First, it limits any possible Republican replacement plan. Although some politicians, including President-Elect Donald Trump, want to repeal the ACA while simultaneously passing its Republican counterpart, it would be almost impossible to pass health care reform and call it completely financial.
If the party relies on reconciliation, any replacement plan is realistically off the table.
That has caused some concern even on the Right.
"There are some Republicans, from both [ideological] ends who are apprehensive about voting to start the repeal process without knowledge of what a replace plan would look like," Reynolds said. "The concern from the moderate Republicans is of the same flavor that you've heard from some senate Republicans: There are parts of the law that people like; we like the fact that there are more people who have health insurance thanks to the law...we are concerned about the consequences of repealing the law without knowing what a replacement would look like."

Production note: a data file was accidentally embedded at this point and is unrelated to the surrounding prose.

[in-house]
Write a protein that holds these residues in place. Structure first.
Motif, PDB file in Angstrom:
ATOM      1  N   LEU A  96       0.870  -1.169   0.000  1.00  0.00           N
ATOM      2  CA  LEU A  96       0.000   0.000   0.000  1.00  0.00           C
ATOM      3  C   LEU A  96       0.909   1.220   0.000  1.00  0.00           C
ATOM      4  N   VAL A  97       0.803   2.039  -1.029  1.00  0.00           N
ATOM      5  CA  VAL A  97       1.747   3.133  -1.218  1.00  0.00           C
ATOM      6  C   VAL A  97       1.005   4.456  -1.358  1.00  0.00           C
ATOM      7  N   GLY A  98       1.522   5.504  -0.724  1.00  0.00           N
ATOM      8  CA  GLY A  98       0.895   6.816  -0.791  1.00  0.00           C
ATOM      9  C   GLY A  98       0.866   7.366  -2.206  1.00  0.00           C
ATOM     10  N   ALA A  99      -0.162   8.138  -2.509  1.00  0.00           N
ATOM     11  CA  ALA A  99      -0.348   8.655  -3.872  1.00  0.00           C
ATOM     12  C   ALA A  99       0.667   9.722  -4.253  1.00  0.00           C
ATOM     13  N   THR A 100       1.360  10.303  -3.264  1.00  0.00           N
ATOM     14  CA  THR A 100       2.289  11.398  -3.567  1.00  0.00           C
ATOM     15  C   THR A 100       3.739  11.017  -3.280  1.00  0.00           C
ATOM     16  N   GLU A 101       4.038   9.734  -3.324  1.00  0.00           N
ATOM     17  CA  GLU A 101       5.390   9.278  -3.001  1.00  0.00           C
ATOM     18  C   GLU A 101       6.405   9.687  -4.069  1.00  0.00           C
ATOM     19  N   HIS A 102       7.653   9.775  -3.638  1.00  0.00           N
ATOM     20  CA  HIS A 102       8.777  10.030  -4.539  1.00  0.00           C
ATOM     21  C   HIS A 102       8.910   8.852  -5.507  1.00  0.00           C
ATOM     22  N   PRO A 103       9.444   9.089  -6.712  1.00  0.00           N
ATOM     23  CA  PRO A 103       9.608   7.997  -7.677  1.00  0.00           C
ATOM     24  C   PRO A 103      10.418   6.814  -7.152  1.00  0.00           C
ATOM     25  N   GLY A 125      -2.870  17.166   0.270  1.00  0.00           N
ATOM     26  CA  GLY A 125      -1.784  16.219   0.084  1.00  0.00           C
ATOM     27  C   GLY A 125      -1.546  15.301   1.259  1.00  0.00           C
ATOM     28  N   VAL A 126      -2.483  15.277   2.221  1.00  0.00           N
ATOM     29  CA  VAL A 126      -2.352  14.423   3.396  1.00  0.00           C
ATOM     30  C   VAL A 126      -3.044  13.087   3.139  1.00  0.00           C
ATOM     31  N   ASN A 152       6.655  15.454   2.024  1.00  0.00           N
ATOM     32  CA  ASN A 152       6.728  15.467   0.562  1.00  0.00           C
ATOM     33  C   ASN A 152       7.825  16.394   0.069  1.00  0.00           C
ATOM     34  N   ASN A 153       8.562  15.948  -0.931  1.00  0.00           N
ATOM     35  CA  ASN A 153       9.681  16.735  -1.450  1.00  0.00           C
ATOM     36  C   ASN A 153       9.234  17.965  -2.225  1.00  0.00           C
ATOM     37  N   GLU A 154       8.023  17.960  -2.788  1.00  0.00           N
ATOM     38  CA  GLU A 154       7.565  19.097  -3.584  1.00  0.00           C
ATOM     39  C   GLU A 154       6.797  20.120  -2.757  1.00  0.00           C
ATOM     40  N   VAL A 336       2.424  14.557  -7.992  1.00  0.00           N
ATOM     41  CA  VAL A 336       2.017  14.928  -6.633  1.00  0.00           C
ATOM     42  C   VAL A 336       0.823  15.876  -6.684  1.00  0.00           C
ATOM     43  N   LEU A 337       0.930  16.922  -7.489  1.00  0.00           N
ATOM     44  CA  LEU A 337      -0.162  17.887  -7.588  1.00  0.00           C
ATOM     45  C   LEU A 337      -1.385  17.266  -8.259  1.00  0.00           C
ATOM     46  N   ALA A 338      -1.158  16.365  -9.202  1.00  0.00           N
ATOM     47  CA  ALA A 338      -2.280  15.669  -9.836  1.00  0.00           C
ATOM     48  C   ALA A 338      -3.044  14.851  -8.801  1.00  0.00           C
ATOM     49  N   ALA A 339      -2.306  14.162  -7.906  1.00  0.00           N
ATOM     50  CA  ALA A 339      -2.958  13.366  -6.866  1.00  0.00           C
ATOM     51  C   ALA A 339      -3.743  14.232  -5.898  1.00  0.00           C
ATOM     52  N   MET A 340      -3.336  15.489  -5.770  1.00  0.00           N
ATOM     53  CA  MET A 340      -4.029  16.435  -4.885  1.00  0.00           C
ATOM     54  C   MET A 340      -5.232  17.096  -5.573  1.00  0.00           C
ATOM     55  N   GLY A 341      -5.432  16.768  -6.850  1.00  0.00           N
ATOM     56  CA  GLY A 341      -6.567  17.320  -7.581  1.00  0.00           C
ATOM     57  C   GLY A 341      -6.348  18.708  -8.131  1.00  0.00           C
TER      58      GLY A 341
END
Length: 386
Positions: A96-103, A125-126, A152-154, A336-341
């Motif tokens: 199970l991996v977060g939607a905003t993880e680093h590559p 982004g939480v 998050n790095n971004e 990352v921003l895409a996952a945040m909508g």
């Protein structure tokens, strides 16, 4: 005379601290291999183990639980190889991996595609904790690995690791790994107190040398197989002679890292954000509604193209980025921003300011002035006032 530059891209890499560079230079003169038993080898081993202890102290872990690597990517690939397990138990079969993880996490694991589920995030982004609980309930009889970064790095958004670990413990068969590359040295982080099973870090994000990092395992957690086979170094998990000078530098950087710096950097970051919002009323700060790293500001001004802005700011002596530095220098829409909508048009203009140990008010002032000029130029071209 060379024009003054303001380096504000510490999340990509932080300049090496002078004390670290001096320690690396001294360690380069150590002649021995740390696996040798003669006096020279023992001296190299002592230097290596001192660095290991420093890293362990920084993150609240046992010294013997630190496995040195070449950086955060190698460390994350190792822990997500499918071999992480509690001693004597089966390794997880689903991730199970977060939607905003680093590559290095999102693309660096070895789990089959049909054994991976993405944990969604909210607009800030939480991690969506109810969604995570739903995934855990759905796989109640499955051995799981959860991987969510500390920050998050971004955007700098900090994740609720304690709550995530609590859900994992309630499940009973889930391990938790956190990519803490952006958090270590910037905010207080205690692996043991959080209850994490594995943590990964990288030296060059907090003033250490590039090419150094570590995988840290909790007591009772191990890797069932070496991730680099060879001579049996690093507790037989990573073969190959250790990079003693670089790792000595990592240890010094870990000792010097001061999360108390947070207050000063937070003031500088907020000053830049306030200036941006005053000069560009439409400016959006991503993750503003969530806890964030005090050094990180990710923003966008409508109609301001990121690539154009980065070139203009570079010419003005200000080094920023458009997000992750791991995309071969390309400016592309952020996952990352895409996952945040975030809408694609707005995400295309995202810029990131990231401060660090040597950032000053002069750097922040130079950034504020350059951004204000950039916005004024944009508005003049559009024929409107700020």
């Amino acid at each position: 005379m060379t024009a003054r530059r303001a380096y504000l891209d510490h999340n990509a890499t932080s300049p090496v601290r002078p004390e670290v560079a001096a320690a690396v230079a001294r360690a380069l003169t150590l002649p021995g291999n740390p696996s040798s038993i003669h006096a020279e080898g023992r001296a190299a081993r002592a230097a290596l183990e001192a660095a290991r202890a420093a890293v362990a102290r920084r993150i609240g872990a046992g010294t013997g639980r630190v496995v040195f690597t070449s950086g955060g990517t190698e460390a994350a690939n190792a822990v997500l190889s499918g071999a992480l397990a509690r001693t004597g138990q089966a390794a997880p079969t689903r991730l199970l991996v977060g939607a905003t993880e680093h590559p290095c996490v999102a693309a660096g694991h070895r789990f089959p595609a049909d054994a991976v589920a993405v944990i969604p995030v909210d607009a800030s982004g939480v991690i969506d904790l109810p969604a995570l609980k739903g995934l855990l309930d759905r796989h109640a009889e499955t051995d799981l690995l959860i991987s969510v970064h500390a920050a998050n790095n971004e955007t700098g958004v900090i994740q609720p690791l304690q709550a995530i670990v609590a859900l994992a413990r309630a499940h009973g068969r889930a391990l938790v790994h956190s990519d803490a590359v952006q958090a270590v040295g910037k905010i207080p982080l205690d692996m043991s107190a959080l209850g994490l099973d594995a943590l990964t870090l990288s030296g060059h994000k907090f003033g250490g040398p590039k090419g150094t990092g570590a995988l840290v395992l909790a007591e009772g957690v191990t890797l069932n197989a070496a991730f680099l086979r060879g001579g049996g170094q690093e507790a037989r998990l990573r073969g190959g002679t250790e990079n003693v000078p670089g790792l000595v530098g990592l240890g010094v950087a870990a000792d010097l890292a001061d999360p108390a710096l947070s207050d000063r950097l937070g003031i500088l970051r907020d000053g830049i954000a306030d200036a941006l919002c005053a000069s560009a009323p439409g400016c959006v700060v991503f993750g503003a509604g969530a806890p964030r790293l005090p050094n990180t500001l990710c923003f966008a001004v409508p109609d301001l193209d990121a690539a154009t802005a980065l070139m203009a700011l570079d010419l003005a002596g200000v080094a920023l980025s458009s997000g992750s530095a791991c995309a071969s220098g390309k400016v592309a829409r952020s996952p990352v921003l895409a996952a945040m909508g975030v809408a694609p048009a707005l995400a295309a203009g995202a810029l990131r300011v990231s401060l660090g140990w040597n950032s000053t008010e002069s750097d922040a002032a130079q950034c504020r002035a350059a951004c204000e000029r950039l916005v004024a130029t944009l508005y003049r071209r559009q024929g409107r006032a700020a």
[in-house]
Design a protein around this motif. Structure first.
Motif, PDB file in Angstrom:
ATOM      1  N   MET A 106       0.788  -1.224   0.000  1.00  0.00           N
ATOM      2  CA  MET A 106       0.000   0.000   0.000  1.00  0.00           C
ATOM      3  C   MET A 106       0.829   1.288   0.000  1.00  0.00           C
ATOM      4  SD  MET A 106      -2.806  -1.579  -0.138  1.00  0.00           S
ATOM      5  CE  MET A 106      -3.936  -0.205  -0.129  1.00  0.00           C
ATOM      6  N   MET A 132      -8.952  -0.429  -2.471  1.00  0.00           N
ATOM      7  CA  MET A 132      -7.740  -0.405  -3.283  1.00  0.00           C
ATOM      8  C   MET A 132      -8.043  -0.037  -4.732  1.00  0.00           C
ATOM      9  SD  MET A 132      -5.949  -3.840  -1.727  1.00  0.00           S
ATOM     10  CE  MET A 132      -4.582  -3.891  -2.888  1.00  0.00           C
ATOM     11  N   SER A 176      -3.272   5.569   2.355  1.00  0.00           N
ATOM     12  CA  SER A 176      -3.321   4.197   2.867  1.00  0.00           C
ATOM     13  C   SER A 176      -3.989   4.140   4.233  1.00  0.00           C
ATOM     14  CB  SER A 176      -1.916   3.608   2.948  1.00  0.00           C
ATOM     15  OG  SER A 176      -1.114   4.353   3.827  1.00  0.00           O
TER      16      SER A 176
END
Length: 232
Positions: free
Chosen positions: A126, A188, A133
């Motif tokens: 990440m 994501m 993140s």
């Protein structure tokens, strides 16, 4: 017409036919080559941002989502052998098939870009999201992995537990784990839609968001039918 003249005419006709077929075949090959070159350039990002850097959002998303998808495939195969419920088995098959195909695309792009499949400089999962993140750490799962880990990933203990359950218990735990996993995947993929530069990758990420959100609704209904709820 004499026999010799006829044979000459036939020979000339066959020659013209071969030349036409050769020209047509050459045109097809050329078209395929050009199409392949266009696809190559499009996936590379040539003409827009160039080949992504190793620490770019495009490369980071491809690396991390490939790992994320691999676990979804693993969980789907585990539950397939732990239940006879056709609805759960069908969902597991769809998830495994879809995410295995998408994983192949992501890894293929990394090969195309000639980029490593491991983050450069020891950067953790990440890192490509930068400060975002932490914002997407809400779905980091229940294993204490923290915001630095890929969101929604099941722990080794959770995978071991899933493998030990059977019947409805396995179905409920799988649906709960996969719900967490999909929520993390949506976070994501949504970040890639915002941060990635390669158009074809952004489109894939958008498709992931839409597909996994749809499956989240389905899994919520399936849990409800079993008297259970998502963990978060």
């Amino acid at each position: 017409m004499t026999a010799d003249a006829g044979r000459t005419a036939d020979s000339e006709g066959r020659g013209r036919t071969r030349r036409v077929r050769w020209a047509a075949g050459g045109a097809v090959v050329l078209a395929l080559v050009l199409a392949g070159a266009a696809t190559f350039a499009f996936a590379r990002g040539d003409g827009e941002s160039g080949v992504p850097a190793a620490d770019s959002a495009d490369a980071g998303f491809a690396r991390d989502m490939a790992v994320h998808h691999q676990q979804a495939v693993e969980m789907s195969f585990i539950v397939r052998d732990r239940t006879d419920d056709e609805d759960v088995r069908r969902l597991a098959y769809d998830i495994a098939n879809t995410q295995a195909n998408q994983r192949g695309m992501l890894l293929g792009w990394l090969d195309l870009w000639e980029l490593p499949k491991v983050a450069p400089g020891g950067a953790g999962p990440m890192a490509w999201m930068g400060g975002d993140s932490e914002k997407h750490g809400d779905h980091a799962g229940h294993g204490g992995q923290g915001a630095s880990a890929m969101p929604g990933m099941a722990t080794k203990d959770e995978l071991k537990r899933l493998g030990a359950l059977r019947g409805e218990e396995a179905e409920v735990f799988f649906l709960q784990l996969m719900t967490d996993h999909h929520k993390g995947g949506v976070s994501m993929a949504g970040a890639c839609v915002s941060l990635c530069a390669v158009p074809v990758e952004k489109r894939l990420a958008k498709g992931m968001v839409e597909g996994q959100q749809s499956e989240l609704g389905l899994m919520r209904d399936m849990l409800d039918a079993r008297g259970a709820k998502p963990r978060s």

Meanwhile, she added, hard-Right Conservatives worry that without a replacement, Congress will vote to repeal the ACA on a delayed schedule -- and then keep kicking that can down the road.
From a political and procedural standpoint, then, this has the potential to create problems. Although many members of the Republican caucus want to implement some, as yet unclear, replacement plan, they simply can't do that through reconciliation.
Reconciliation will also create the problem of piecemeal repeal. Since lawmakers are restricted to financial legislation only, they can't actually repeal the entirety of the Affordable Care Act. They're limited to yanking out its financial provisions without undoing the law's market regulation.
This could have potentially catastrophic effects on the marketplace, perhaps most urgently the introduction of death spirals.